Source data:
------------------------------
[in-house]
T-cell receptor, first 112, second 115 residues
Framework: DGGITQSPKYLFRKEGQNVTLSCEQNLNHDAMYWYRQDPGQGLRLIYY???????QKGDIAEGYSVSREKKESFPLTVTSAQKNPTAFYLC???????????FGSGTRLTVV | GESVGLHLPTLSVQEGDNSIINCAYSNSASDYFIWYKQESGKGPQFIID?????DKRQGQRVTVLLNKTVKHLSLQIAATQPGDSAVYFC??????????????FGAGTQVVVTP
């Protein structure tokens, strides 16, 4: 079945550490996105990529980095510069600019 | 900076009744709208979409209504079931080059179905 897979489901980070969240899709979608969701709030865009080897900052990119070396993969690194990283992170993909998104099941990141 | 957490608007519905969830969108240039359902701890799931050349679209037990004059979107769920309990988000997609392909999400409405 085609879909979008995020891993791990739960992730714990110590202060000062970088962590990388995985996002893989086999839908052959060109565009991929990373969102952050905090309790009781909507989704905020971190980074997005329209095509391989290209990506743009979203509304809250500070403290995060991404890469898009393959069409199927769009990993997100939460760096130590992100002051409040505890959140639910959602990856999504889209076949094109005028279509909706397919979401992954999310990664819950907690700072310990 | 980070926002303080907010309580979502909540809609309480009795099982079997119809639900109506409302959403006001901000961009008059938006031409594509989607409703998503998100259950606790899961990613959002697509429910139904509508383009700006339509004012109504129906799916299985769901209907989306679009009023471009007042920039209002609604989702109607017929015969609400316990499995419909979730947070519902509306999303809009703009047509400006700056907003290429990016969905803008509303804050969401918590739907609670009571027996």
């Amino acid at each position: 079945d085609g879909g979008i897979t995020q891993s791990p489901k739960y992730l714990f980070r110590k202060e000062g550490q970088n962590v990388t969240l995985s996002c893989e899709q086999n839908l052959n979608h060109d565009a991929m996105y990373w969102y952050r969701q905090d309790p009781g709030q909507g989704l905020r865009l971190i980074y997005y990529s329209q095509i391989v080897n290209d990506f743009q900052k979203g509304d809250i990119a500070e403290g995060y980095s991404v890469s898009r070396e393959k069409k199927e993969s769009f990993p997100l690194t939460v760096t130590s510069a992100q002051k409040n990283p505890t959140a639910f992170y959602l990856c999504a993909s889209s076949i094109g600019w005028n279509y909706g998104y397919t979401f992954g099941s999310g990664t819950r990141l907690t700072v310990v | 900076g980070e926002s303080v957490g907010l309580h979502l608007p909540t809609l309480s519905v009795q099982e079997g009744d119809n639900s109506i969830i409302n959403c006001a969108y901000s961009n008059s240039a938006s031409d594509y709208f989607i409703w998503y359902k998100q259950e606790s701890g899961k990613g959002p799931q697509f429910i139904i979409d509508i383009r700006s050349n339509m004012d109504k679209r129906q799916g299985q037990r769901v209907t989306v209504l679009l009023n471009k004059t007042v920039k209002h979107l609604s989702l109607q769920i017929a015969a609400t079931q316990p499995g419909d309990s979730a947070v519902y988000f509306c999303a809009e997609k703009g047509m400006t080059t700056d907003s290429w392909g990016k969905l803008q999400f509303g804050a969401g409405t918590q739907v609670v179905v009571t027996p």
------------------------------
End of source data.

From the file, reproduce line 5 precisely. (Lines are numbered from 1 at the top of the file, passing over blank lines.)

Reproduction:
């Amino acid at each position: 079945d085609g879909g979008i897979t995020q891993s791990p489901k739960y992730l714990f980070r110590k202060e000062g550490q970088n962590v990388t969240l995985s996002c893989e899709q086999n839908l052959n979608h060109d565009a991929m996105y990373w969102y952050r969701q905090d309790p009781g709030q909507g989704l905020r865009l971190i980074y997005y990529s329209q095509i391989v080897n290209d990506f743009q900052k979203g509304d809250i990119a500070e403290g995060y980095s991404v890469s898009r070396e393959k069409k199927e993969s769009f990993p997100l690194t939460v760096t130590s510069a992100q002051k409040n990283p505890t959140a639910f992170y959602l990856c999504a993909s889209s076949i094109g600019w005028n279509y909706g998104y397919t979401f992954g099941s999310g990664t819950r990141l907690t700072v310990v | 900076g980070e926002s303080v957490g907010l309580h979502l608007p909540t809609l309480s519905v009795q099982e079997g009744d119809n639900s109506i969830i409302n959403c006001a969108y901000s961009n008059s240039a938006s031409d594509y709208f989607i409703w998503y359902k998100q259950e606790s701890g899961k990613g959002p799931q697509f429910i139904i979409d509508i383009r700006s050349n339509m004012d109504k679209r129906q799916g299985q037990r769901v209907t989306v209504l679009l009023n471009k004059t007042v920039k209002h979107l609604s989702l109607q769920i017929a015969a609400t079931q316990p499995g419909d309990s979730a947070v519902y988000f509306c999303a809009e997609k703009g047509m400006t080059t700056d907003s290429w392909g990016k969905l803008q999400f509303g804050a969401g409405t918590q739907v609670v179905v009571t027996p």